Here are some user reviews of applications for both the Mac and iOS devices as well as on some accessories for Apple products
Note; If you would like to submit a review of an application or accessory, please do so by either posting it on the blog under the comments section for this page or by sending it to us.
Please include the following in any reviews posted in the comments section or sent to us,
- • The name of the product
- • The Device it runs on or works with (Mac OS X or specific iOS Devices)
- • The developer or manufacturer (including any contact information if possible)
- • As detailed review of the application or accessory as possible (positives and negatives)
Please do not simply say the product was not what you expected, doesn’t do as advertised, is the greatest thing since sliced bread or is amazing, and leave it at that. The more detailed you can get in your review, the better it is for all readers.
Applications for iOS Devices (iPhone, iPad and iPod).
Review of Money Reader from Looktel
Submitted by John Panarese
The Money Reader application is an application for the iPhone 3GS, iPhone 4 and iPod Touch (4th generation) developed by Looktel. It’s a very easy application to use and is worth every cent of its $2.99 price tag.
Basically, after downloading the application onto your iDevice or transferring it to your iDevice from iTunes, the first time you run Money Reader, you have a screen in which you agree to the terms that you will not use the product to identify counterfeit money. That is the only time that screen appears, so after that, it’s completely simple.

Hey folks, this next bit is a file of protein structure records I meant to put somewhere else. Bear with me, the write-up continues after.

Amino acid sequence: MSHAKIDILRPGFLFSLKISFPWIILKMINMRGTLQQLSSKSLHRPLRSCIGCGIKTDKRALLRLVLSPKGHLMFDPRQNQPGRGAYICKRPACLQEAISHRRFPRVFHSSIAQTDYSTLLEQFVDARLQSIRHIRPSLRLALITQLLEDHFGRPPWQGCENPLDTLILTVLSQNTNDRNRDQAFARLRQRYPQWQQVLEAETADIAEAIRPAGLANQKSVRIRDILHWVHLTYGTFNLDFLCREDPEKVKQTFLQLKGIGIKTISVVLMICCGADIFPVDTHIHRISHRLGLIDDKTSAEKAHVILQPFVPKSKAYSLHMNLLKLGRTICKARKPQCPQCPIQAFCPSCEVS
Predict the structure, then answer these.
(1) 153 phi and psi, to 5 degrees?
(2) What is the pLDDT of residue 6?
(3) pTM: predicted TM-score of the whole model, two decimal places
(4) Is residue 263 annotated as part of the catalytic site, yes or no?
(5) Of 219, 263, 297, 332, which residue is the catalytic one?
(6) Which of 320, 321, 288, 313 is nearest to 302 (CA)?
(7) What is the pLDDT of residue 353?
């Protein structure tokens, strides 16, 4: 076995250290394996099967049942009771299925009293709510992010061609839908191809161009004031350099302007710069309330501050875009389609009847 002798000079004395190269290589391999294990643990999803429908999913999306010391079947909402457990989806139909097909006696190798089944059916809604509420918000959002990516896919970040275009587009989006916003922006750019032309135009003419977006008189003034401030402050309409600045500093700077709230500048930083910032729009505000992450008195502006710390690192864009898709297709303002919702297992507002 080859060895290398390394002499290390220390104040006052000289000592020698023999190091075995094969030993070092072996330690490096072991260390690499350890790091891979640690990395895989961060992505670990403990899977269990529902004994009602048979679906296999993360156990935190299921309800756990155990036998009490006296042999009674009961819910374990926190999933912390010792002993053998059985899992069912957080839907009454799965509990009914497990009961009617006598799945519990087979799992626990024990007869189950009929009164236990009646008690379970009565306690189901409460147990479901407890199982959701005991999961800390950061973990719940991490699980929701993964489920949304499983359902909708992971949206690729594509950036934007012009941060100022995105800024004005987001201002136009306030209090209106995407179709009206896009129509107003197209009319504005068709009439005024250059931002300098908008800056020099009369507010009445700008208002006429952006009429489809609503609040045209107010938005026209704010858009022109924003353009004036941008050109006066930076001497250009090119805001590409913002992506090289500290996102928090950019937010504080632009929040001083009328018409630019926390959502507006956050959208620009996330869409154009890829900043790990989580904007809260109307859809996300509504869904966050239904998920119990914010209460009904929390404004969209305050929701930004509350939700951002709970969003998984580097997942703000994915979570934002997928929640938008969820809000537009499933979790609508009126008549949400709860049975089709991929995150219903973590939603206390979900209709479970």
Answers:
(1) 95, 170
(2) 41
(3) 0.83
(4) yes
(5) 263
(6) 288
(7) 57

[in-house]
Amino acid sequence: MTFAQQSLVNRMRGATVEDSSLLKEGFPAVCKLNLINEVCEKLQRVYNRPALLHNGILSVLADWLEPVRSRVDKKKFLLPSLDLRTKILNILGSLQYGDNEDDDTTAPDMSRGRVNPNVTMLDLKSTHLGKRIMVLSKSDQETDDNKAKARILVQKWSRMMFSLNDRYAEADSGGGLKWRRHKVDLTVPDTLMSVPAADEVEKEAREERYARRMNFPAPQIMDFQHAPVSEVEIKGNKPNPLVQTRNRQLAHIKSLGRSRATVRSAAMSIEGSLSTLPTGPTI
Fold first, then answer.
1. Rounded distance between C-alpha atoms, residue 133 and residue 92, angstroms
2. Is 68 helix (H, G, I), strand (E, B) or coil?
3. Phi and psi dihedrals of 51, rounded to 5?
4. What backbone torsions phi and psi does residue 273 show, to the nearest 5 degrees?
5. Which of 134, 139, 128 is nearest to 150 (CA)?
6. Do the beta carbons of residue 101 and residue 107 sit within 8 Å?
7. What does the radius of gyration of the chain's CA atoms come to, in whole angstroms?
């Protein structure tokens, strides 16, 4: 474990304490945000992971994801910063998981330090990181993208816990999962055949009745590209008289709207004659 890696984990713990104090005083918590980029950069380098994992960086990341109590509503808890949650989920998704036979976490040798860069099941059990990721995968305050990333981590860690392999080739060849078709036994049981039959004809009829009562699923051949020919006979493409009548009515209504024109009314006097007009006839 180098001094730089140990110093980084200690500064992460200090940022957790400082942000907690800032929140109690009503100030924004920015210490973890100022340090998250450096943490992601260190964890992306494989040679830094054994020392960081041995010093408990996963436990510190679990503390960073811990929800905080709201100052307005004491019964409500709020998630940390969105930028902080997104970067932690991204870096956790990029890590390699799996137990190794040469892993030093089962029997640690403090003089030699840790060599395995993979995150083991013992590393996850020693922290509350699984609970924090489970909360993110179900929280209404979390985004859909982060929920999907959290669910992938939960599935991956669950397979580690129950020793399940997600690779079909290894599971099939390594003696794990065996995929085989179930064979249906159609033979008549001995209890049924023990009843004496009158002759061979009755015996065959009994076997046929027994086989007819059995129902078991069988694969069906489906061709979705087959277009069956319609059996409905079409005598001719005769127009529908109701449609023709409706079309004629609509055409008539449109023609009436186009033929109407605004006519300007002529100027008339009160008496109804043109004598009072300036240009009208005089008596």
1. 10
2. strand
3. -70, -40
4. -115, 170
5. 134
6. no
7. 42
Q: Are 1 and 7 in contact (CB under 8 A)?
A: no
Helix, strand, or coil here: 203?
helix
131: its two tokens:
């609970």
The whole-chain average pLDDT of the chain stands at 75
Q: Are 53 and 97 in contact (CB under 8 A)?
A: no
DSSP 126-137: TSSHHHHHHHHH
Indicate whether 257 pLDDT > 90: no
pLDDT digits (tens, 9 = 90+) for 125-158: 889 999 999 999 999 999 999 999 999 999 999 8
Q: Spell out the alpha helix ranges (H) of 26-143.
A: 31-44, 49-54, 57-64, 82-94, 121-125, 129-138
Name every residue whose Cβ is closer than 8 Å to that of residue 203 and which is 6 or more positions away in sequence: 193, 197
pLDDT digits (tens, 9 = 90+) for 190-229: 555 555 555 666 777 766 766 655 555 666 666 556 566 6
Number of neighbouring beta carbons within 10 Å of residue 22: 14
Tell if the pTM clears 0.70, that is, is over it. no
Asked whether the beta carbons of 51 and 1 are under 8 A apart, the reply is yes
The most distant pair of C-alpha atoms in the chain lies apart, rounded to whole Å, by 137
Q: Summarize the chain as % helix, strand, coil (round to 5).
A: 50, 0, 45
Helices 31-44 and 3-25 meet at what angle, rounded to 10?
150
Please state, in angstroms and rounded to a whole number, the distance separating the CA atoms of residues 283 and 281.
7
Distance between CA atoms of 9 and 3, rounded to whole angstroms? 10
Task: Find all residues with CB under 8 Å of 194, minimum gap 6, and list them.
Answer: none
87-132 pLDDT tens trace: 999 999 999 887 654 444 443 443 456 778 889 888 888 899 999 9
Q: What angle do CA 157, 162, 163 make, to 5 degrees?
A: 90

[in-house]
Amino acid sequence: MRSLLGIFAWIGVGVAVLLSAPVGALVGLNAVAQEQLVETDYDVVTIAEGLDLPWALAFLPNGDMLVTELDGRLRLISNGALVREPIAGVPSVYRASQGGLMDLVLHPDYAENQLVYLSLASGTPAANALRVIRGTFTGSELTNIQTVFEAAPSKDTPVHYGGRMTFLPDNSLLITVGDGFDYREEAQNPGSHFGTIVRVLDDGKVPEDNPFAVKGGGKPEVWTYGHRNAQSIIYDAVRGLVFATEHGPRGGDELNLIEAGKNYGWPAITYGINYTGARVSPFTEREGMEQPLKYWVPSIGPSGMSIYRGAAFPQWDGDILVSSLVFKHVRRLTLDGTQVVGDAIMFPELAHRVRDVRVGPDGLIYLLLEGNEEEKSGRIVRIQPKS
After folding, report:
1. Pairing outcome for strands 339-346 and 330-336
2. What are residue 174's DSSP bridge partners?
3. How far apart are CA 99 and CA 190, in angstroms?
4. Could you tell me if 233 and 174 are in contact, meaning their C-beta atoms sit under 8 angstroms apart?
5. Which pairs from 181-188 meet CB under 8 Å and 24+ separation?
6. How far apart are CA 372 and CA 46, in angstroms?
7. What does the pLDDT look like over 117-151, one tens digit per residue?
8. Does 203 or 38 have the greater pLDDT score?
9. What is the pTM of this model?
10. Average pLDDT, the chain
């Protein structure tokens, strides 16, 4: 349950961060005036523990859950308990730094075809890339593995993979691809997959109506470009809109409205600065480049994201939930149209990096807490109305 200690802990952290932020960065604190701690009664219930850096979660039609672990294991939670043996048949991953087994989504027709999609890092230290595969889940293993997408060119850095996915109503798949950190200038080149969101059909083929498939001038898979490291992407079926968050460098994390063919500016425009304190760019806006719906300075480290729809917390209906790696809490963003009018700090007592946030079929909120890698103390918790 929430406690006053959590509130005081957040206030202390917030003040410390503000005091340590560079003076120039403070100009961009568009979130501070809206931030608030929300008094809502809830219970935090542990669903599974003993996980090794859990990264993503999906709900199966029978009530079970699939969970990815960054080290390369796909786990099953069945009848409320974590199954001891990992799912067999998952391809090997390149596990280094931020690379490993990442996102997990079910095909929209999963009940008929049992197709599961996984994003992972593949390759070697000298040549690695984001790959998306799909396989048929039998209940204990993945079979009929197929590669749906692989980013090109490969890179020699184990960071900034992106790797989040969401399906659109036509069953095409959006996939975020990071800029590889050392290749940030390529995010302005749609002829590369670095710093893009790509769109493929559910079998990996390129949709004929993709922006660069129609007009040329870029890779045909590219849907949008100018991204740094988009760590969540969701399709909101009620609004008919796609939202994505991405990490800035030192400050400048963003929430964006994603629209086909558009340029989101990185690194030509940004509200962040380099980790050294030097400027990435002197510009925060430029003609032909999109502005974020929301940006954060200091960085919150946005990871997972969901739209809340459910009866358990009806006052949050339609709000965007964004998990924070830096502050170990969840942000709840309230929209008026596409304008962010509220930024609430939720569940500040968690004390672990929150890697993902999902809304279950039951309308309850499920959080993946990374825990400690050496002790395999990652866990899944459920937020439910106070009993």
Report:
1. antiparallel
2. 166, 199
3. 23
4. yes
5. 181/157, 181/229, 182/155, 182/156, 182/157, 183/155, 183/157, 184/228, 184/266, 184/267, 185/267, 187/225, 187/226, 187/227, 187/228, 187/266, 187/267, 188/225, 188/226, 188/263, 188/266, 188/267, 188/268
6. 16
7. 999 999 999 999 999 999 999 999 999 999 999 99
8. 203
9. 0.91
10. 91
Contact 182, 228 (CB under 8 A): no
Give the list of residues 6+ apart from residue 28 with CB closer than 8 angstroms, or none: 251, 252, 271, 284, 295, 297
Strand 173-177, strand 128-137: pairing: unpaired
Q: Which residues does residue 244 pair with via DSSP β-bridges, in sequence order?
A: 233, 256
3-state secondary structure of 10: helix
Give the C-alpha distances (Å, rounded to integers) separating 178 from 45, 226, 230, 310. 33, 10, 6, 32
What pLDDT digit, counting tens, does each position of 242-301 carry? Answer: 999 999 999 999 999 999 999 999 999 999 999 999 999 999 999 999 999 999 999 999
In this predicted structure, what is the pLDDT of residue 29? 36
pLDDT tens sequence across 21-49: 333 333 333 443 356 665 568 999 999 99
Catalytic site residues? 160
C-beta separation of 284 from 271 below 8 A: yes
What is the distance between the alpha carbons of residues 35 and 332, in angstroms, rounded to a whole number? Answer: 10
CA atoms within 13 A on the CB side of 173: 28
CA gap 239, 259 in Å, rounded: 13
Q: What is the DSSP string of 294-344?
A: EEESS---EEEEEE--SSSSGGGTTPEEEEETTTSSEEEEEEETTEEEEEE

- After starting the application, hold the phone or iPod with the glass facing down (you can even place the device on a flat surface glass side down).
- Hold the bill approximately ten to 12 inches above the camera lens of the iDevice. I find it easier to start with the bill directly on my iPhone and then slowly raise it.
- The bill is identified in a clear, female voice, “ten dollars, twenty dollars, etc”.
It’s as simple as that. If you don’t hear the bill identified, you might have to try flipping the bill over. You must be sure the bill is over the camera, which is why I suggest beginning by holding the bill directly over the iPhone or iPod first. Also, obviously, the amount of light in your environment will effect the ability for the bill to be identified.
The announcement of the bill’s identification will repeat, and you simply move onto the next bill you need to have identified. When you are done, just hit the home button to quit the application. I have definitely enjoyed using the app on my iPhone 3GS and now my iPhone 4S, and I highly recommend it.
Note that the application now works with other currencies at this point.
For information on the Money Reader app from Looktel and all of their upcoming products,
Review of Kingdoms Live from Storm8
Submitted by John Panarese
Storm8 is a developer for several RPG style games that can be played on all iDevices. Besides Kingdoms Live, there are other games like, World War, iMobsters, Ninjas Live, Racing Live and Pets Live, among others, that they also have available in the App Store.
Kingdoms Live is a Dungeons and Dragons theme game in which you, as your character (which can be a Fighter, Mage or Thief), build an army of allies, and purchase armor, weapons, and spells to battle other players in real time. You earn gold by defeating other players in battle or by gathering lands that will gain you an income whether you are logged into the game or not. There are, in fact, a few different layers to the game, which go beyond the simple D&D method of leveling up your character. There are also different approaches and strategies one can employ, as you actually play with and against other players throughout the world, whether you or they are logged into the game or are not. Basically, though, the goal is to “level up”, increase the number of allies you have in your army, buy the best weapons, armor and spells, and gather wealth.